Liz Dunn, a woman in her late 30's is lonely. She relies on her daily routines and rituals to keep herself functioning. When she receives a phone call from a hospital, saying her names appears on the medical bracelet of a young man named Jeremy, her life moves on to a different tangent.
Jeremy is her son, adopted at birth, whom she has never met. Their rapport is immediate, but Jeremy has an underlying health condition and needs her support.
The relationship with her son, although short-lived is beautifully wrought but leaves Liz feeling more isolated and alone than before.
As anticipated the title of the book refers to the Beatles song of that name and Liz Dunn is the writers visualization of that person.
The pace and the tenor of the book did improve but the emphasis on Jeremy's visions I found strange and was unsure of their relevance to the story.
There was also a somewhat farcical incident in the latter stages of the book that I found unconvincing. ( )
  HelenBaker | Sep 28, 2019 |
My Mom recommended this book to me. More of a chick story than I usually read, but I loved it none the less. There are lots of surprises in this reflection on loneliness, as well as, much humor in the quirky characters. ( )
  Brauer11431 | Apr 16, 2019 |
Mostrando 1-5 de 36 (seguinte | mostrar todos)
And as the narrative descends into a series of wacky, quasi-spiritual coincidences involving meteorites and foreign soul mates, it tranforms from a novel into a Rube Goldberg device brutally determined to produce a nugget of poignancy. It's a lost opportunity. While Liz insists she is unique, she's got sisters -- a legion of cranky-plain heroines from Jane Eyre to Peppermint Patty. Instead of following their path, ''Eleanor Rigby'' dwindles chapter by chapter into a high-art twist on chick lit -- aiming for bittersweet but tasting at last suspiciously of artificial sweetener.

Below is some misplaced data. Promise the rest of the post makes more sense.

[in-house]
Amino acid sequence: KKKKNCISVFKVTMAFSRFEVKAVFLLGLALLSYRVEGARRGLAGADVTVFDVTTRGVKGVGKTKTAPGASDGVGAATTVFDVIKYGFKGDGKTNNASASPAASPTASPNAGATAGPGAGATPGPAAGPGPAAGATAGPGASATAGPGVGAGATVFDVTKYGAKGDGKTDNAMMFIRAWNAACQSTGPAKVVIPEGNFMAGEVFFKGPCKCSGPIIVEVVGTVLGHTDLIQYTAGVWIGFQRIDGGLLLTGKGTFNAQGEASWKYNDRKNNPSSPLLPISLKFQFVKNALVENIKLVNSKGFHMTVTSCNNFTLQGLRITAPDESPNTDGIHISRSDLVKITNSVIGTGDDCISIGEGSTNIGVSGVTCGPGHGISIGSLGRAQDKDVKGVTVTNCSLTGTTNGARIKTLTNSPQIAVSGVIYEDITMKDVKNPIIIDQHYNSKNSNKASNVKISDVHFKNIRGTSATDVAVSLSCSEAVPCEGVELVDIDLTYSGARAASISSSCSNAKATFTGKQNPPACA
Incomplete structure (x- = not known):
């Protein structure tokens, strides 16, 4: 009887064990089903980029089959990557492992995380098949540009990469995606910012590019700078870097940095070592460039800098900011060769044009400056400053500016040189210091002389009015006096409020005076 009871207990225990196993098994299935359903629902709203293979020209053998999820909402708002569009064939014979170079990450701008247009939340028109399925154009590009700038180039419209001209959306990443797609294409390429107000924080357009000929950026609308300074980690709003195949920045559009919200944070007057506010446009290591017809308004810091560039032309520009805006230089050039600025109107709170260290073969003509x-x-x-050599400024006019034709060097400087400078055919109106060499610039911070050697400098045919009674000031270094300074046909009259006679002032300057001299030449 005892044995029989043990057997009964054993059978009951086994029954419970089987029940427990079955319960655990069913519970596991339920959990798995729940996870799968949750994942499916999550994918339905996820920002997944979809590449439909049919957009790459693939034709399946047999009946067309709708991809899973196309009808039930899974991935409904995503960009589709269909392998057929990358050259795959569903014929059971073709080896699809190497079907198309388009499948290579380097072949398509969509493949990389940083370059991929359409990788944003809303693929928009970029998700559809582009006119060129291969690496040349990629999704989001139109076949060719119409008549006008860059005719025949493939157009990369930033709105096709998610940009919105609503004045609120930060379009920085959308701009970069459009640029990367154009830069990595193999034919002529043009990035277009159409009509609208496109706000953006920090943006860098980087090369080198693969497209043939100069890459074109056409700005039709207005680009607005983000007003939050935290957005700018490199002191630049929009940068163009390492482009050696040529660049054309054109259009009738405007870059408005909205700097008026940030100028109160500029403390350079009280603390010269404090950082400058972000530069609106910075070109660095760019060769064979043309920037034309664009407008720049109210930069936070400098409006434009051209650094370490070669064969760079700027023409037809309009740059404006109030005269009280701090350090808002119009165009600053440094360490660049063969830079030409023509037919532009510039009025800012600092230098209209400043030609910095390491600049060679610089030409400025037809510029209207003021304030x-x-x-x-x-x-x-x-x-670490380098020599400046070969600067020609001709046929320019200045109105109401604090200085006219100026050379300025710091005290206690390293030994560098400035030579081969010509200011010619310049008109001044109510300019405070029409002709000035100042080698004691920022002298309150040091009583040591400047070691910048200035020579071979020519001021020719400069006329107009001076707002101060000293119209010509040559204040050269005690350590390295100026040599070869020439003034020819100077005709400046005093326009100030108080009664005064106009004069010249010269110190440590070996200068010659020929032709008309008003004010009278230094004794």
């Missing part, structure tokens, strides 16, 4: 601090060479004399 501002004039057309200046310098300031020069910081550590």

adicionada por SimoneA | editarNew York Times, Emily Nussbaum (Jan 2, 2005)
 
At a cursory look this book risks whimsy, seems a rather slender story about a middle-aged woman finding herself. A more careful reading reveals an utterly integrated and impossibly lightly held fable of blindness and vision. Its title acts as exactly the social synonym it is, not just for loneliness but for popular expectations of women of a certain age and spinster state, nothing more to look forward to than being buried along with their names.
adicionada por Nickelini | editarThe Guardian, Ali Smith (Oct 9, 2004)
 
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Following the hugely acclaimed bestseller Hey Nostradamus! comes a major new novel from Douglas Coupland: the wonderfully warm, funny, life-affirming story of Liz Dunn, a woman who has spent her whole life alone and lonely - until now... This is a brilliant work of commercial literary fiction from an author who just gets better and better. 'My name is Liz Dunn. The Liz Dunns of this world take classes in croissant baking, and would rather chew on soccer balls than deny their children muesli. They own one sex toy, plus one cowboy fantasy that accompanies its use... Look at me: I am a traitor to my name: I'm not cheerful; I'm drab. I'm crabby and friendless. And lonely.' Liz Dunn is 42 years old, and lonely. Her house is like 'a spinster's cell block', and she may or may not snore - there's never been anybody to tell her. Then one day in 1997, with the comet Hale Bopp burning bright in the blue-black sky, Liz receives an urgent phone call asking her to visit a young man in hospital. All at once, the loneliness that has come to define her is ripped away by this funny, smart, handsome young stranger, Jeremy. Her son. Eleanor Rigby is a tale of loneliness and hope that introduces Douglas Coupland's finest character yet. Illuminated by a wonderfully gentle, searching wisdom, it sees Coupland ascend to a new level of peace and grace in his ever-more-extraordinary career.